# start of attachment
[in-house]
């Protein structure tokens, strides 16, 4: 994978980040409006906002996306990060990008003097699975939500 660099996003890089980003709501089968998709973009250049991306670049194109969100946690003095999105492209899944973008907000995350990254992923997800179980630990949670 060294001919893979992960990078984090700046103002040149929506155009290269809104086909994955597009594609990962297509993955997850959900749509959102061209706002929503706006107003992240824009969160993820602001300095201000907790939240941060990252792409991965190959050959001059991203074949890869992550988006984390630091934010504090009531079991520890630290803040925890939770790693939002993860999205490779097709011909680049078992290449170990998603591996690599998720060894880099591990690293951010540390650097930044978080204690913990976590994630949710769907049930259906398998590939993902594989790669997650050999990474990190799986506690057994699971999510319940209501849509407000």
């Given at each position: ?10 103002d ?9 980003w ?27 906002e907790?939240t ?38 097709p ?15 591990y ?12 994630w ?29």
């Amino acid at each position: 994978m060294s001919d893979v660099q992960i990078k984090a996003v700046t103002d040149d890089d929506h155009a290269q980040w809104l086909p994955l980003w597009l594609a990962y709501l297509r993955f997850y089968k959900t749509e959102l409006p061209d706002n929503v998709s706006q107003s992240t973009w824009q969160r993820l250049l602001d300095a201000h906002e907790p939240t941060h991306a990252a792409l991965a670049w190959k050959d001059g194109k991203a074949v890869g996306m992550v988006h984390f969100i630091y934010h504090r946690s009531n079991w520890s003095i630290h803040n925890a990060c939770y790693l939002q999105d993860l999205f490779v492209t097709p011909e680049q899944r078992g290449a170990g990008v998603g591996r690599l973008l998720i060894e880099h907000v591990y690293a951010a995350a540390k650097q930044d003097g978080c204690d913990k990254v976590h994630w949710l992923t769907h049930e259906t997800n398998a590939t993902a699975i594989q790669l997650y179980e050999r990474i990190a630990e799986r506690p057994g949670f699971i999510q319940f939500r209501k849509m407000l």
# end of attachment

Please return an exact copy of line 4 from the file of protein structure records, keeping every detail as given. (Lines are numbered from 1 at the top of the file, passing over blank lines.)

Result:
């Amino acid at each position: 994978m060294s001919d893979v660099q992960i990078k984090a996003v700046t103002d040149d890089d929506h155009a290269q980040w809104l086909p994955l980003w597009l594609a990962y709501l297509r993955f997850y089968k959900t749509e959102l409006p061209d706002n929503v998709s706006q107003s992240t973009w824009q969160r993820l250049l602001d300095a201000h906002e907790p939240t941060h991306a990252a792409l991965a670049w190959k050959d001059g194109k991203a074949v890869g996306m992550v988006h984390f969100i630091y934010h504090r946690s009531n079991w520890s003095i630290h803040n925890a990060c939770y790693l939002q999105d993860l999205f490779v492209t097709p011909e680049q899944r078992g290449a170990g990008v998603g591996r690599l973008l998720i060894e880099h907000v591990y690293a951010a995350a540390k650097q930044d003097g978080c204690d913990k990254v976590h994630w949710l992923t769907h049930e259906t997800n398998a590939t993902a699975i594989q790669l997650y179980e050999r990474i990190a630990e799986r506690p057994g949670f699971i999510q319940f939500r209501k849509m407000l």